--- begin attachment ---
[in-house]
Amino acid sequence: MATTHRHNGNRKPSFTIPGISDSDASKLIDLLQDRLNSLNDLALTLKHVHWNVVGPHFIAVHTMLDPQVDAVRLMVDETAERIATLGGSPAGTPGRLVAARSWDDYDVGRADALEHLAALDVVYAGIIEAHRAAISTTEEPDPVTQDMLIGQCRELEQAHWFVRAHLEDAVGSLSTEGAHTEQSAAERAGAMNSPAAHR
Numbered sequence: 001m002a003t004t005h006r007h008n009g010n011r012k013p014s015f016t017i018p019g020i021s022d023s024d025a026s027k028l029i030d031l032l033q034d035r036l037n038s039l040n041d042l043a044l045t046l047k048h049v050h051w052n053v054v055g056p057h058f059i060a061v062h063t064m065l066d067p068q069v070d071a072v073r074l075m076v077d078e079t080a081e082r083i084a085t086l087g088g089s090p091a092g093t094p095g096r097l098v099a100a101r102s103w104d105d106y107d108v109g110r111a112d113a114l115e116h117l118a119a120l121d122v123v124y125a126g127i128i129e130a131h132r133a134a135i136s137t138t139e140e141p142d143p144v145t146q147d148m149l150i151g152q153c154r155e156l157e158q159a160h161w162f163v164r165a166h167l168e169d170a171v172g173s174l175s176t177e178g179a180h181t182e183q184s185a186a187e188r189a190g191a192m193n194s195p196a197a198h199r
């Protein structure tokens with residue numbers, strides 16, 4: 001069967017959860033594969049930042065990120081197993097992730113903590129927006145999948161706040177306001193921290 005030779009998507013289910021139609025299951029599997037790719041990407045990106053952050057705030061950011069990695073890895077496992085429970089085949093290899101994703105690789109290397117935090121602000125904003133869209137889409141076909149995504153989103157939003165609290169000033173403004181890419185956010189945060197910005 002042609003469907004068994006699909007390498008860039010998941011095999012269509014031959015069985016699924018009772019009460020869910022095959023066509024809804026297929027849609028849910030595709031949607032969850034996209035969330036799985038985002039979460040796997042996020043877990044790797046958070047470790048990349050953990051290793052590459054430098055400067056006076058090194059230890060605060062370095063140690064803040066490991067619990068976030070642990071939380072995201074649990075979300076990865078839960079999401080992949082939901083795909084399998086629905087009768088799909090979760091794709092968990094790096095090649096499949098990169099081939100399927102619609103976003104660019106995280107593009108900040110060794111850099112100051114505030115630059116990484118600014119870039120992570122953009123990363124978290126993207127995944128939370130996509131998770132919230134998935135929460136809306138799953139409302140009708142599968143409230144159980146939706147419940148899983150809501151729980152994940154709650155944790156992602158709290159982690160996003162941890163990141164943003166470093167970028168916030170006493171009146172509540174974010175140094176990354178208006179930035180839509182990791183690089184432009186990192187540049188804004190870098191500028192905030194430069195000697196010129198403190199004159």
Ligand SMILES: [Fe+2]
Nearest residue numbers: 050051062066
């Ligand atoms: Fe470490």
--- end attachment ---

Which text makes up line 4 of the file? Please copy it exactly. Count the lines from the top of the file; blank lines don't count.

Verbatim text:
């Protein structure tokens with residue numbers, strides 16, 4: 001069967017959860033594969049930042065990120081197993097992730113903590129927006145999948161706040177306001193921290 005030779009998507013289910021139609025299951029599997037790719041990407045990106053952050057705030061950011069990695073890895077496992085429970089085949093290899101994703105690789109290397117935090121602000125904003133869209137889409141076909149995504153989103157939003165609290169000033173403004181890419185956010189945060197910005 002042609003469907004068994006699909007390498008860039010998941011095999012269509014031959015069985016699924018009772019009460020869910022095959023066509024809804026297929027849609028849910030595709031949607032969850034996209035969330036799985038985002039979460040796997042996020043877990044790797046958070047470790048990349050953990051290793052590459054430098055400067056006076058090194059230890060605060062370095063140690064803040066490991067619990068976030070642990071939380072995201074649990075979300076990865078839960079999401080992949082939901083795909084399998086629905087009768088799909090979760091794709092968990094790096095090649096499949098990169099081939100399927102619609103976003104660019106995280107593009108900040110060794111850099112100051114505030115630059116990484118600014119870039120992570122953009123990363124978290126993207127995944128939370130996509131998770132919230134998935135929460136809306138799953139409302140009708142599968143409230144159980146939706147419940148899983150809501151729980152994940154709650155944790156992602158709290159982690160996003162941890163990141164943003166470093167970028168916030170006493171009146172509540174974010175140094176990354178208006179930035180839509182990791183690089184432009186990192187540049188804004190870098191500028192905030194430069195000697196010129198403190199004159």